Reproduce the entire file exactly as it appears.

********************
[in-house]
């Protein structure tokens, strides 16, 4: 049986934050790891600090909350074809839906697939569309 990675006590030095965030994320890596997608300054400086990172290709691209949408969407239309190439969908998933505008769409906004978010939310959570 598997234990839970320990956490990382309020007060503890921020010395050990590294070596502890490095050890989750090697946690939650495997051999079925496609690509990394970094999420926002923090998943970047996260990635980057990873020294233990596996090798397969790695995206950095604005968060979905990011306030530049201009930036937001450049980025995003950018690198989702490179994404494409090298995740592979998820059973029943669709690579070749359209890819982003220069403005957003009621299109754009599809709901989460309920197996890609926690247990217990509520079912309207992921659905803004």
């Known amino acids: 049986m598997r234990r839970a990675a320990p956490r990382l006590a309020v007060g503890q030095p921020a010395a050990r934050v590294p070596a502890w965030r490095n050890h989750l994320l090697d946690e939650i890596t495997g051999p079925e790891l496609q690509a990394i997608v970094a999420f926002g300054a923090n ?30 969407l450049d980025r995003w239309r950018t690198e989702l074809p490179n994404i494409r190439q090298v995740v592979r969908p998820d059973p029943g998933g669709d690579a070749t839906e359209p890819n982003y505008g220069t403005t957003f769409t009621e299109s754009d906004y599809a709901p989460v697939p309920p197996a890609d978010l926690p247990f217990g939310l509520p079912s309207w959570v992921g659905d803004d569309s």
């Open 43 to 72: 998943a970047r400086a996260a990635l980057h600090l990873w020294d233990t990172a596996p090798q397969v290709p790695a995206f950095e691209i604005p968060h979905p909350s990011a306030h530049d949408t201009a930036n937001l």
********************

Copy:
[in-house]
């Protein structure tokens, strides 16, 4: 049986934050790891600090909350074809839906697939569309 990675006590030095965030994320890596997608300054400086990172290709691209949408969407239309190439969908998933505008769409906004978010939310959570 598997234990839970320990956490990382309020007060503890921020010395050990590294070596502890490095050890989750090697946690939650495997051999079925496609690509990394970094999420926002923090998943970047996260990635980057990873020294233990596996090798397969790695995206950095604005968060979905990011306030530049201009930036937001450049980025995003950018690198989702490179994404494409090298995740592979998820059973029943669709690579070749359209890819982003220069403005957003009621299109754009599809709901989460309920197996890609926690247990217990509520079912309207992921659905803004």
């Known amino acids: 049986m598997r234990r839970a990675a320990p956490r990382l006590a309020v007060g503890q030095p921020a010395a050990r934050v590294p070596a502890w965030r490095n050890h989750l994320l090697d946690e939650i890596t495997g051999p079925e790891l496609q690509a990394i997608v970094a999420f926002g300054a923090n ?30 969407l450049d980025r995003w239309r950018t690198e989702l074809p490179n994404i494409r190439q090298v995740v592979r969908p998820d059973p029943g998933g669709d690579a070749t839906e359209p890819n982003y505008g220069t403005t957003f769409t009621e299109s754009d906004y599809a709901p989460v697939p309920p197996a890609d978010l926690p247990f217990g939310l509520p079912s309207w959570v992921g659905d803004d569309s």
């Open 43 to 72: 998943a970047r400086a996260a990635l980057h600090l990873w020294d233990t990172a596996p090798q397969v290709p790695a995206f950095e691209i604005p968060h979905p909350s990011a306030h530049d949408t201009a930036n937001l």